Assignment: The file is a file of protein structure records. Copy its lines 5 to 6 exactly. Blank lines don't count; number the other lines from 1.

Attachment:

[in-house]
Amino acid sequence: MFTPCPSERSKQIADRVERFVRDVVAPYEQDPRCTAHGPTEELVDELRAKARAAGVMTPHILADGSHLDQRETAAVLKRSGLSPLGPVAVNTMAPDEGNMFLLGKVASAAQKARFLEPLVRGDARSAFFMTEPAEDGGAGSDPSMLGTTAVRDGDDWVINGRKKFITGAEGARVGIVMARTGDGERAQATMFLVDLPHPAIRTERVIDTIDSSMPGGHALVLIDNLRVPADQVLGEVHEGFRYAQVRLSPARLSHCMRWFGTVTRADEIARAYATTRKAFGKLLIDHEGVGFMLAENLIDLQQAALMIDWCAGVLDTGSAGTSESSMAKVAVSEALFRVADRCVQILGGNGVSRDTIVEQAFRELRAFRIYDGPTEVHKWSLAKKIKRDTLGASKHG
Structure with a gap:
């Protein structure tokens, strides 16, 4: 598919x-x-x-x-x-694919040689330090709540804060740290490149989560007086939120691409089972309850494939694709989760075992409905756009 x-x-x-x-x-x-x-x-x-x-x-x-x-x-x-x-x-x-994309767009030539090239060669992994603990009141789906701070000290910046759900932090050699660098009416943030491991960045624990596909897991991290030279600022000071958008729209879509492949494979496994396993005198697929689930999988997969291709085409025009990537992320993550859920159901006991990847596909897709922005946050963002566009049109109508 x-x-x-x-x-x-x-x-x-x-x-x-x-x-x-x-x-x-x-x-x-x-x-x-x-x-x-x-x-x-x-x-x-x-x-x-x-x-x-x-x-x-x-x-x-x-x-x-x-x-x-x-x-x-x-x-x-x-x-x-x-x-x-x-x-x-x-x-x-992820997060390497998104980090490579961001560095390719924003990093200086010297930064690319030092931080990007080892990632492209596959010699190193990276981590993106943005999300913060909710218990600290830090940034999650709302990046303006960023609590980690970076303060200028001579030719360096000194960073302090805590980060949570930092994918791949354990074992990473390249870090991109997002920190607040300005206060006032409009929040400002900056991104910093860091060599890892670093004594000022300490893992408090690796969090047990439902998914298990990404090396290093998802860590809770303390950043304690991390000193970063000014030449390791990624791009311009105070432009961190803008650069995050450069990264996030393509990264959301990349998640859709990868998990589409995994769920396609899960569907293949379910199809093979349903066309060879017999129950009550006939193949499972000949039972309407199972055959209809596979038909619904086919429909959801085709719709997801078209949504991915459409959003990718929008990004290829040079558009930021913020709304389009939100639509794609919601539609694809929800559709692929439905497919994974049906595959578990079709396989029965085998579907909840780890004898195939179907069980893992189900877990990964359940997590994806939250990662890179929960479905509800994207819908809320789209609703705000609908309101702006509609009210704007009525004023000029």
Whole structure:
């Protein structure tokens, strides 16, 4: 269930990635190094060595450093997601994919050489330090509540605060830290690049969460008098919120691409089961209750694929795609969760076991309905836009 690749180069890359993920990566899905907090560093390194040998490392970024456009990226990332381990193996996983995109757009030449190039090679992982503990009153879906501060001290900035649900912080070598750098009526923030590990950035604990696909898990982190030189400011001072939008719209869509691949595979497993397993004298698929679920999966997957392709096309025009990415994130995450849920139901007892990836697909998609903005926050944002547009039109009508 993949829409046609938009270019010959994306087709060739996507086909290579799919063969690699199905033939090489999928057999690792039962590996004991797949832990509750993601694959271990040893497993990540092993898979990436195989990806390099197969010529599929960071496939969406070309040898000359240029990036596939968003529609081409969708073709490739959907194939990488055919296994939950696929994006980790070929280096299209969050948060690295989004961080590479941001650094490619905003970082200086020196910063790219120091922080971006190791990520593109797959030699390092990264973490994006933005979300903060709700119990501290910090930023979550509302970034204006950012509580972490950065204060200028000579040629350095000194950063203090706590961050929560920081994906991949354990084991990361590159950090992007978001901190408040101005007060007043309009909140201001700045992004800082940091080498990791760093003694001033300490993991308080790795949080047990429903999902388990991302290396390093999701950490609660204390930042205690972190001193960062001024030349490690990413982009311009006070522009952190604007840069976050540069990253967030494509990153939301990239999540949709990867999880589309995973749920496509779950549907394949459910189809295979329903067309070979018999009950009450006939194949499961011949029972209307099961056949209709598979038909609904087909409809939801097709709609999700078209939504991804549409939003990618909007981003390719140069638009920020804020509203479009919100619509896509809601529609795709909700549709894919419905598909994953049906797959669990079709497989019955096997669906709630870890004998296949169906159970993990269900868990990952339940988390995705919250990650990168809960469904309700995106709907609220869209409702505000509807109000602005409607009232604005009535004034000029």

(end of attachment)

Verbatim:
Whole structure:
């Protein structure tokens, strides 16, 4: 269930990635190094060595450093997601994919050489330090509540605060830290690049969460008098919120691409089961209750694929795609969760076991309905836009 690749180069890359993920990566899905907090560093390194040998490392970024456009990226990332381990193996996983995109757009030449190039090679992982503990009153879906501060001290900035649900912080070598750098009526923030590990950035604990696909898990982190030189400011001072939008719209869509691949595979497993397993004298698929679920999966997957392709096309025009990415994130995450849920139901007892990836697909998609903005926050944002547009039109009508 993949829409046609938009270019010959994306087709060739996507086909290579799919063969690699199905033939090489999928057999690792039962590996004991797949832990509750993601694959271990040893497993990540092993898979990436195989990806390099197969010529599929960071496939969406070309040898000359240029990036596939968003529609081409969708073709490739959907194939990488055919296994939950696929994006980790070929280096299209969050948060690295989004961080590479941001650094490619905003970082200086020196910063790219120091922080971006190791990520593109797959030699390092990264973490994006933005979300903060709700119990501290910090930023979550509302970034204006950012509580972490950065204060200028000579040629350095000194950063203090706590961050929560920081994906991949354990084991990361590159950090992007978001901190408040101005007060007043309009909140201001700045992004800082940091080498990791760093003694001033300490993991308080790795949080047990429903999902388990991302290396390093999701950490609660204390930042205690972190001193960062001024030349490690990413982009311009006070522009952190604007840069976050540069990253967030494509990153939301990239999540949709990867999880589309995973749920496509779950549907394949459910189809295979329903067309070979018999009950009450006939194949499961011949029972209307099961056949209709598979038909609904087909409809939801097709709609999700078209939504991804549409939003990618909007981003390719140069638009920020804020509203479009919100619509896509809601529609795709909700549709894919419905598909994953049906797959669990079709497989019955096997669906709630870890004998296949169906159970993990269900868990990952339940988390995705919250990650990168809960469904309700995106709907609220869209409702505000509807109000602005409607009232604005009535004034000029």